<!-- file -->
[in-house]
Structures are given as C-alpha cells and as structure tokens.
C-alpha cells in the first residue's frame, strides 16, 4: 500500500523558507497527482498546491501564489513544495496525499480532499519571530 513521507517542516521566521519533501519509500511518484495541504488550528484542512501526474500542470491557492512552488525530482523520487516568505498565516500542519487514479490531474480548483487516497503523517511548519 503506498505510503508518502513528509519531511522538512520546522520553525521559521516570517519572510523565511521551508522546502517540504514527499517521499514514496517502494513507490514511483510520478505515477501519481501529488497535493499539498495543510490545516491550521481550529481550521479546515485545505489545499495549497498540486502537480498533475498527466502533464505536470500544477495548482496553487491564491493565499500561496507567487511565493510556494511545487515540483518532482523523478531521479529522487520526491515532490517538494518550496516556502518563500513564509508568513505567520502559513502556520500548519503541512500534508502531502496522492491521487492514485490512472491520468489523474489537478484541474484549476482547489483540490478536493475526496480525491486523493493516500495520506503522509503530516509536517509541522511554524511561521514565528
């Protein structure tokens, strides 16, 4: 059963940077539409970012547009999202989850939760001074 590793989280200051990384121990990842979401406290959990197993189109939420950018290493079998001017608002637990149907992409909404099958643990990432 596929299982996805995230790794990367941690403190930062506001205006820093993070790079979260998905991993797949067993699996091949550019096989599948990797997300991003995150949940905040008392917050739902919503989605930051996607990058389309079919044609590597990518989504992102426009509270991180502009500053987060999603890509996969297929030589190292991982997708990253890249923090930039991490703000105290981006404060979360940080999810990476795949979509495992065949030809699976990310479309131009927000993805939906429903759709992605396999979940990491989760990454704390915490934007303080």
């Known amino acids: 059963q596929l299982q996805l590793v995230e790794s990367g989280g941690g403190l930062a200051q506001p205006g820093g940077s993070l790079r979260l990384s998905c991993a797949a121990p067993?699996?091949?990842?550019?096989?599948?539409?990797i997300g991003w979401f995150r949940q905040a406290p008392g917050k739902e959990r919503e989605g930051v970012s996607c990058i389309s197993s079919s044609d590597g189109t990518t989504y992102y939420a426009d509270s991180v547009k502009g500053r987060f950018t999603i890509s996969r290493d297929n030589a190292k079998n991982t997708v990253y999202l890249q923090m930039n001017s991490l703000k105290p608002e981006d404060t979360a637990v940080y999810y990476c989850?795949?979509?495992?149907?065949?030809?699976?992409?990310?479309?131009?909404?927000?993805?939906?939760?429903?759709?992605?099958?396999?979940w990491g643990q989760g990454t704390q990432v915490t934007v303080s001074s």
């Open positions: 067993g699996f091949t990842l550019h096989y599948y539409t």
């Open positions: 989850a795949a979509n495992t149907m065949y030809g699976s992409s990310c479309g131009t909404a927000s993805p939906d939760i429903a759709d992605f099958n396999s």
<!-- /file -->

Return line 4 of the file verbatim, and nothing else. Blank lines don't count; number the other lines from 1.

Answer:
């Protein structure tokens, strides 16, 4: 059963940077539409970012547009999202989850939760001074 590793989280200051990384121990990842979401406290959990197993189109939420950018290493079998001017608002637990149907992409909404099958643990990432 596929299982996805995230790794990367941690403190930062506001205006820093993070790079979260998905991993797949067993699996091949550019096989599948990797997300991003995150949940905040008392917050739902919503989605930051996607990058389309079919044609590597990518989504992102426009509270991180502009500053987060999603890509996969297929030589190292991982997708990253890249923090930039991490703000105290981006404060979360940080999810990476795949979509495992065949030809699976990310479309131009927000993805939906429903759709992605396999979940990491989760990454704390915490934007303080």